Vietnamese Baguette (Banh My)
Bread and wheat products occupy a unique position in the cuisines of every country on Earth. From Europe to Asia, Africa to America, everybody loves bread, and certainly, Vietnamese is no exception. Although bread made of wheat and rice flour is not the tradition dish, it plays an essential role in Vietnam daily life.
Vietnamese baguette in the past
Vietnam has a long history as an agriculture country with rice being the main staple. Not until 1859 when the French colonials entered Southern Vietnam did bread appear widely throughout the country.
An imported food, bread speedily became popular and assimilated in Vietnam. The most apparent evidence is the shape of the bread, which is typically small and long. Vietnamese bread originally came from the bread made à-la- Françe!, the kingdom of bread, yet Banh mi in Vietnam was first made for the working class such as drivers, porters, blue-collar workers. That accounts for the reason why “banh mi Viet Nam” had the shape of a baguette instead of a bun or roll. With the shape of a baguette, it would be much easier for people to hold it by one hand and eat while working. Through times, the plain French baguette has adapted in various ways to become the present “Banh mi Viet Nam”.
A staple of Vietnamese diet
The very first thing about “banh mi Vietnam” that amazes foreign travelers is that they can hardly find Vietnamese-style baguette in a shiny shop, in which cakes and fancy Western bread with pretty high price are displayed for sale.
Banh mi Vietnam can be purchased right at the roadside stalls or from the street vendors, in many the alleys of the city or even in the bus terminals and train station. Small freshly hot baguettes are kept warm in the red hot coal brazier; or inside the bamboo basket fully covered with a woolen blanket.
Not only foreigners feel nostalgic when hearing the voices of street vendors resounding on every alley of Hanoi “Crisply hot bread for sale! Crisply hot bread for sale” (Bánh mì nóng giòn nào!) but Vietnamese loves that as well.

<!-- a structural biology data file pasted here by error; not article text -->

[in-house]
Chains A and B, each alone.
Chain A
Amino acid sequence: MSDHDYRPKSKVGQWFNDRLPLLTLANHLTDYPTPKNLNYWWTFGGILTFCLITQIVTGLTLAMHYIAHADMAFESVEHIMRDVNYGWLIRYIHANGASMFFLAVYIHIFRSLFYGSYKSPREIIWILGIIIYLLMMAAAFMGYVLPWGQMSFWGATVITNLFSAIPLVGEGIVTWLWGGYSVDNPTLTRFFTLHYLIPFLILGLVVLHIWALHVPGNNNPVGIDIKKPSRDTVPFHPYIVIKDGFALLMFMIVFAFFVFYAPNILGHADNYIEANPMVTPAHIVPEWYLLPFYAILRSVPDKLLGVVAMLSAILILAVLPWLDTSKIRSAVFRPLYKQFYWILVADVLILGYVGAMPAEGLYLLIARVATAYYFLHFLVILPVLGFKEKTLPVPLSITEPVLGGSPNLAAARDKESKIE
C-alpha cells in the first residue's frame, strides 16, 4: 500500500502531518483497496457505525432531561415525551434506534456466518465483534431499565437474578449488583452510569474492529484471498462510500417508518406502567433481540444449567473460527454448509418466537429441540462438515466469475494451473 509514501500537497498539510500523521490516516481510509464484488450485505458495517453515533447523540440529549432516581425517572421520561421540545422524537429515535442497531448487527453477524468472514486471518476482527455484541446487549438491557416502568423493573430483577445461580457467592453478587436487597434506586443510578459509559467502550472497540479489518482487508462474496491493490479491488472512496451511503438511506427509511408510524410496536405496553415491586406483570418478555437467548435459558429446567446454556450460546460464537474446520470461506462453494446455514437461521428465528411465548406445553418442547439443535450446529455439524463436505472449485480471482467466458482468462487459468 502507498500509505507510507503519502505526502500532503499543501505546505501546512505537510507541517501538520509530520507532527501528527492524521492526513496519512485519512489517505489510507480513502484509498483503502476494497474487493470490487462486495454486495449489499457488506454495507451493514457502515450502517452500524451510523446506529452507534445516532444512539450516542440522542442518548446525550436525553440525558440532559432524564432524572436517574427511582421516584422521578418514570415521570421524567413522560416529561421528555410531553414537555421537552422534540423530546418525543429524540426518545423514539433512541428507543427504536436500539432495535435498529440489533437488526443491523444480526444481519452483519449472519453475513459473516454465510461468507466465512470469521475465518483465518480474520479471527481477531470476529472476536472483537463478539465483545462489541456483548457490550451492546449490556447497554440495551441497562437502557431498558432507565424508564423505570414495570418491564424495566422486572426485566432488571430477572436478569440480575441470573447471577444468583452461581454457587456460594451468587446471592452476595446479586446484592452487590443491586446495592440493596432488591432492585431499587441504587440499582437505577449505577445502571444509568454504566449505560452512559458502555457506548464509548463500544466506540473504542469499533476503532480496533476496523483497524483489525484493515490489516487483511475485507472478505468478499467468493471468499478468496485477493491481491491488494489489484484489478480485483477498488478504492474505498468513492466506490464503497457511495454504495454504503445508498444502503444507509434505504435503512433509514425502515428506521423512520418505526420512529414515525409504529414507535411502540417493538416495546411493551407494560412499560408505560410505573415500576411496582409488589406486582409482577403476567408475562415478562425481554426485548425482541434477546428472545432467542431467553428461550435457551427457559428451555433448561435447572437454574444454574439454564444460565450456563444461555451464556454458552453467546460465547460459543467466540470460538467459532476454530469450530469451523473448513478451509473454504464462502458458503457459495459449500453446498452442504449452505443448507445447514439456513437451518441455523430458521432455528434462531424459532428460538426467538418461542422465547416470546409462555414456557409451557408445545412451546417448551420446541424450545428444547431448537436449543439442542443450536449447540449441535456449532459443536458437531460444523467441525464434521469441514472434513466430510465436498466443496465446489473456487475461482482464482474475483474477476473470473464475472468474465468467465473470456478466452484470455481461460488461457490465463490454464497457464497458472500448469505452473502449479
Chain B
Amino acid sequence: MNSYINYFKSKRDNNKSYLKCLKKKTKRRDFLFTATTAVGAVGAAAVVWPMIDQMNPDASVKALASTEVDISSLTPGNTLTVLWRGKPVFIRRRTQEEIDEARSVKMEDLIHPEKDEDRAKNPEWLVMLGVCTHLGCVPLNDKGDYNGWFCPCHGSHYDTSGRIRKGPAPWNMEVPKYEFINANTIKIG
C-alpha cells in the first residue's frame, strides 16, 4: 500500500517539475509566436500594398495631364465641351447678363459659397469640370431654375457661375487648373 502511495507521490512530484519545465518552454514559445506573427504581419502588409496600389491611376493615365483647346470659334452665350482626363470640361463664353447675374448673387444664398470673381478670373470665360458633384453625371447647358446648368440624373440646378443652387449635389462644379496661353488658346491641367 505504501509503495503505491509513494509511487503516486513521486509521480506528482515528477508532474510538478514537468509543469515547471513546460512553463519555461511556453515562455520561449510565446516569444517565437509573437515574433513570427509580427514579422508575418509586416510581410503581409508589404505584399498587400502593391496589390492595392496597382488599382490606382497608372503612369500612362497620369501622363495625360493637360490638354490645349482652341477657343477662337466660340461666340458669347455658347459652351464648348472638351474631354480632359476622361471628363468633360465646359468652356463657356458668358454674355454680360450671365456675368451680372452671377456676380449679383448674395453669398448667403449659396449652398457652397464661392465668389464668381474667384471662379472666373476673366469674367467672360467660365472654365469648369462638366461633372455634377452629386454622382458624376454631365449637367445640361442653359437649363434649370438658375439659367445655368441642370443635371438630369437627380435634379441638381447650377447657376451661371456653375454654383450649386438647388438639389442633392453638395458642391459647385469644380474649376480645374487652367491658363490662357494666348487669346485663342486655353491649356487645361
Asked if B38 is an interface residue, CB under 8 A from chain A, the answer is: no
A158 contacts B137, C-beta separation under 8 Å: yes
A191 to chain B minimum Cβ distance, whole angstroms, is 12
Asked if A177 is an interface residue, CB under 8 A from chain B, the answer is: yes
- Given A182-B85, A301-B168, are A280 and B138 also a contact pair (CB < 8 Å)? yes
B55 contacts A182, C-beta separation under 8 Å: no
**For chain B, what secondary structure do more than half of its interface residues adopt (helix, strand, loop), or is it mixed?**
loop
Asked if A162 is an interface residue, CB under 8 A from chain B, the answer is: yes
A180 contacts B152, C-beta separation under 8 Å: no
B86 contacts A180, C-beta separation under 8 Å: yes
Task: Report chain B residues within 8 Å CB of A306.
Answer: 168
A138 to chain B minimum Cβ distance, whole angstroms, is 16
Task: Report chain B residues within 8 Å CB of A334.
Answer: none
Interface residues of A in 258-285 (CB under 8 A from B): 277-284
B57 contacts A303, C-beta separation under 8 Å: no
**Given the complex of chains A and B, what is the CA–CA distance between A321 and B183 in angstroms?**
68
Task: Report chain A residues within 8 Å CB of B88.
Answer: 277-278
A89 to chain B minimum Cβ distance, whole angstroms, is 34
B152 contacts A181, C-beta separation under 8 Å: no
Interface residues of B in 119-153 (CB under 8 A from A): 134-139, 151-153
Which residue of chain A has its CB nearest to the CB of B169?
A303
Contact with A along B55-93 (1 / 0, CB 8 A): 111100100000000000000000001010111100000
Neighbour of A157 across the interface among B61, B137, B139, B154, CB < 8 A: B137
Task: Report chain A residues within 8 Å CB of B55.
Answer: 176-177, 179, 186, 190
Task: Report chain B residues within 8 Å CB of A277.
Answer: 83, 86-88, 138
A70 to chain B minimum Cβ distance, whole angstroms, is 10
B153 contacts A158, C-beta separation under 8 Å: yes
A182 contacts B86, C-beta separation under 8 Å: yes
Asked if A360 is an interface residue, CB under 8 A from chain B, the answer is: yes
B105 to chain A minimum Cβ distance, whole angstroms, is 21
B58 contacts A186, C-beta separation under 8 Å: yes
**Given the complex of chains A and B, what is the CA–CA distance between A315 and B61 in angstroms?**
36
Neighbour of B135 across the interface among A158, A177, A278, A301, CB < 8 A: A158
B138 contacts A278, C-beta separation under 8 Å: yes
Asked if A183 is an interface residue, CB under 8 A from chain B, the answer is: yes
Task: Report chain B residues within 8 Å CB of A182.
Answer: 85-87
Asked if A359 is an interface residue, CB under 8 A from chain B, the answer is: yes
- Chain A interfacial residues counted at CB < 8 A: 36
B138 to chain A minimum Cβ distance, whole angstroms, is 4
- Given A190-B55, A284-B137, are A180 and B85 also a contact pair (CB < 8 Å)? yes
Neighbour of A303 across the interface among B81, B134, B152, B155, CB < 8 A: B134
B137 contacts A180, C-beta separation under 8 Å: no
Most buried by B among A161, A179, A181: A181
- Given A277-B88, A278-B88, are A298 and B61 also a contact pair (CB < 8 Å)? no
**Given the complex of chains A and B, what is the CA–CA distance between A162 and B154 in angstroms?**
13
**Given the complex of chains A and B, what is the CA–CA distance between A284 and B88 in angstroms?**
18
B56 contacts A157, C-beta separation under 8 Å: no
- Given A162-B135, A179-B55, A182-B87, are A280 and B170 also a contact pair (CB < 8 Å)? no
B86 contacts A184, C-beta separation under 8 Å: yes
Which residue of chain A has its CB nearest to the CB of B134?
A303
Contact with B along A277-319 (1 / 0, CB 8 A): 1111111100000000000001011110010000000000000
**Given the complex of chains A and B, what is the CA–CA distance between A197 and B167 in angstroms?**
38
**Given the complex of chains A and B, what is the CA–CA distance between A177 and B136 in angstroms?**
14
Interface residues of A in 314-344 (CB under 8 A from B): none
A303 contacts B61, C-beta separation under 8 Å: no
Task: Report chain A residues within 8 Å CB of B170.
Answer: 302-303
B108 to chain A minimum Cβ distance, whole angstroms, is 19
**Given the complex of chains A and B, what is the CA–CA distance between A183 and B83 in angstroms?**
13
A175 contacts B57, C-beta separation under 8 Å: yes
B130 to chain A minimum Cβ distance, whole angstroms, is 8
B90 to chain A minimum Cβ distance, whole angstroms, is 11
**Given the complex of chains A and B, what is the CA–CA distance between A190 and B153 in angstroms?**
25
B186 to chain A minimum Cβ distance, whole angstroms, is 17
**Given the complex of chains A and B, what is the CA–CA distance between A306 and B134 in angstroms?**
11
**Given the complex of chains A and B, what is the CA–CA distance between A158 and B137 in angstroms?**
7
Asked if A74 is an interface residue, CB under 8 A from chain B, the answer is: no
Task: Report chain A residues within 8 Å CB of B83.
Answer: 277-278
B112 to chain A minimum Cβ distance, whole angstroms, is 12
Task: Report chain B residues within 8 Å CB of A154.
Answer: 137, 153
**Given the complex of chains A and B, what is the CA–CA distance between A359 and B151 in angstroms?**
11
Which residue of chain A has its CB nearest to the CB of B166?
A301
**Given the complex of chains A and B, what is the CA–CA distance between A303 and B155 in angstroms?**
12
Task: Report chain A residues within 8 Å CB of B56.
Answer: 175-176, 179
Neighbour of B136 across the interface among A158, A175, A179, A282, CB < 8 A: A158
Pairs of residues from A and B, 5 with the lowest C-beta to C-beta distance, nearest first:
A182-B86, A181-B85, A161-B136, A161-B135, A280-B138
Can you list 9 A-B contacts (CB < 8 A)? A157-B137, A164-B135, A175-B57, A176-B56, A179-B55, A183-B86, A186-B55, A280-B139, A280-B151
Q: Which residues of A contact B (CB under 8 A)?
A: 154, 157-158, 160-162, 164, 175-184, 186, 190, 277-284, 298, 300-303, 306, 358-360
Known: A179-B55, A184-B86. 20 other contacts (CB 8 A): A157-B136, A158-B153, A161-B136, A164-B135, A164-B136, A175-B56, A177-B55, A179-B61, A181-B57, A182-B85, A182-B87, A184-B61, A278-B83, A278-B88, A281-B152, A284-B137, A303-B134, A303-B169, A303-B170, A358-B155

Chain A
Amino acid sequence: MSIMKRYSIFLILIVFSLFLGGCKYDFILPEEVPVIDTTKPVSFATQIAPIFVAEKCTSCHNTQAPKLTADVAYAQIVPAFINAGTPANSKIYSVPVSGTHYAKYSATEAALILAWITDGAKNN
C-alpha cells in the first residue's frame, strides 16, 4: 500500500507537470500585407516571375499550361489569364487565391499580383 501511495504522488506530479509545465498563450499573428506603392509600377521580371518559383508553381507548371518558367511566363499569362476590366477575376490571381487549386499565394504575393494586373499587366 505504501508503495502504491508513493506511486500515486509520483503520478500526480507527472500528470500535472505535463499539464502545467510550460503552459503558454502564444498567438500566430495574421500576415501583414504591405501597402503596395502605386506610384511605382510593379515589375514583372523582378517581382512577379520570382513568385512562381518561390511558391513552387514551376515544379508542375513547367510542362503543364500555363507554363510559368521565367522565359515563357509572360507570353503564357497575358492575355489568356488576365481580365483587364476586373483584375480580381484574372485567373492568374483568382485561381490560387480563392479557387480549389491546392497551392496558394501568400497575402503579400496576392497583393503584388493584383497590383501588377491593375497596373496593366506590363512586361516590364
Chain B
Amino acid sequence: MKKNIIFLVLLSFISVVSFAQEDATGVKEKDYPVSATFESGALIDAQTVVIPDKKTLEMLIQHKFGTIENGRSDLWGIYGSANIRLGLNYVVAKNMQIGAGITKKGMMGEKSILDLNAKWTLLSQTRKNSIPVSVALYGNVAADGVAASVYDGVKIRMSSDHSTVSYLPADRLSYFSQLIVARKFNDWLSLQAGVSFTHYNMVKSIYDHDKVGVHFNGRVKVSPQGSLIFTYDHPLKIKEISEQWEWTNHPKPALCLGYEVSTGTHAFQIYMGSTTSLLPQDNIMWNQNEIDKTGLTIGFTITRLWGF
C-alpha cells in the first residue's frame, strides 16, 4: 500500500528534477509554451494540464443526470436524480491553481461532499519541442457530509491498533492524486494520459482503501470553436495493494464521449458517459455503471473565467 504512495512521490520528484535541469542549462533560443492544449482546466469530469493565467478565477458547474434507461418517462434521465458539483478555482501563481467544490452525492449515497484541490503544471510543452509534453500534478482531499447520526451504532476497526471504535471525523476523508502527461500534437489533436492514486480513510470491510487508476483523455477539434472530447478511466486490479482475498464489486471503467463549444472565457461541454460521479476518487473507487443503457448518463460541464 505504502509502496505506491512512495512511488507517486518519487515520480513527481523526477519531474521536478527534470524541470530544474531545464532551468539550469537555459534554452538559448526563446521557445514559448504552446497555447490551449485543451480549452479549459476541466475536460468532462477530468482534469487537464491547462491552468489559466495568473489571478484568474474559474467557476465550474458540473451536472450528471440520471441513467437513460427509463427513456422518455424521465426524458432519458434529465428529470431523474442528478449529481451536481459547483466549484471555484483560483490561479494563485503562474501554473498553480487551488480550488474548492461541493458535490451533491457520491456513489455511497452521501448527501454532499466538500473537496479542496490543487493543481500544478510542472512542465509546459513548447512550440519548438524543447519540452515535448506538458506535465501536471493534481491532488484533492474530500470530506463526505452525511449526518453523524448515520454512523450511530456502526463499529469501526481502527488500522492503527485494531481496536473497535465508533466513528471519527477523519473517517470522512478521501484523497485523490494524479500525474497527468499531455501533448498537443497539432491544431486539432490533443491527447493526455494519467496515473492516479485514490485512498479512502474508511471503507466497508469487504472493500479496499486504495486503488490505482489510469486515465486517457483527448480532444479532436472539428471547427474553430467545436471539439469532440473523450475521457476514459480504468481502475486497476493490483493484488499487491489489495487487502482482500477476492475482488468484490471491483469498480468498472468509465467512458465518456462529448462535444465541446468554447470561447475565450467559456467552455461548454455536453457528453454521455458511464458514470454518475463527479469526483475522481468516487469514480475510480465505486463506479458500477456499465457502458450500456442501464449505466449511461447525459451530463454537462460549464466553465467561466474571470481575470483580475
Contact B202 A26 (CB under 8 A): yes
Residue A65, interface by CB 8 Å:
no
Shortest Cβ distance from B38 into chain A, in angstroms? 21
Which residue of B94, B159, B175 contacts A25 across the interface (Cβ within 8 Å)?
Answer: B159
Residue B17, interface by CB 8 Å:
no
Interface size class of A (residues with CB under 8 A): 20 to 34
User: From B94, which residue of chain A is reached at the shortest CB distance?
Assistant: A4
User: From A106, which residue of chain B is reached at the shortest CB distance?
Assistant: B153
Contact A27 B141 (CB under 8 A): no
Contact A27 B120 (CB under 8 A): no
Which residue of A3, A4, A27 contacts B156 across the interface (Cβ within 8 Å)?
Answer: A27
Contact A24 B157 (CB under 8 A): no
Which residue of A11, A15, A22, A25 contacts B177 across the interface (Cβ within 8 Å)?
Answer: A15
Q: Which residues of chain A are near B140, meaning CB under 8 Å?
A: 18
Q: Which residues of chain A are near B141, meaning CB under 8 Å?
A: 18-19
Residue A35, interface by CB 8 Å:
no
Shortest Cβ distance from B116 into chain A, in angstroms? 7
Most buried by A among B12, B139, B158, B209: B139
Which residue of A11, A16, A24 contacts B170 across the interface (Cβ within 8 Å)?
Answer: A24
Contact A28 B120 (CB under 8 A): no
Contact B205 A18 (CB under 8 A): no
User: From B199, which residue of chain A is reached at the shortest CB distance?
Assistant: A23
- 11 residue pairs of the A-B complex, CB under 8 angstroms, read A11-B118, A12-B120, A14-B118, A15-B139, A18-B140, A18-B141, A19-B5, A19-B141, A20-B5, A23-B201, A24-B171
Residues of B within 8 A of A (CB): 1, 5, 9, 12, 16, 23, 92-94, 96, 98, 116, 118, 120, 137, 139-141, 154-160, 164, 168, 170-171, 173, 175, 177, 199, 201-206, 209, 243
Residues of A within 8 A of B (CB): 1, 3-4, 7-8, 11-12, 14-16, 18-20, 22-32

Years ago, when Hanoi was quieter, the cry of the street vendors is considered a symbol of tranquility. Even now, it still invokes special feelings among Hanoians, especially those who come back to visit Hanoi after a long time living far away from the city. Those sellers have become a typical image of the good old days, of the past full of unforgettable memories.
“Banh mi Viet Nam” is also special for its diverse tastes. Those who have taken a bite of Vietnamese baguette will never forget the crunchiness of the crust since it is very light, airy and crispy. Bakers making Vietnamese-style baguette does not add butter, shortening or chicken fat. The dough contains only wheat, rice flour and quick-rise yeast. “Banh mi Viet Nam” has a pretty low price, only VND2000-VND3000 per loaf, which answers the question why Vietnamese rarely bake their own bread at home.
Vietnamese baguette is also very versatile, and it can be served any time of the day. Moreover, depending on their personal taste, people can enjoy their Banh mi in their own way: with fried eggs, liver pâté, mayonnaise or even condensed milk. There are many “versions” of “banh mi Viet Nam” that each area has its individually famous kind, which can even stunningly astonish Western travellers coming from the motherland of bread.
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An overview to the different types of cake in Vietnam.
An introduction to Vietnamese noodles.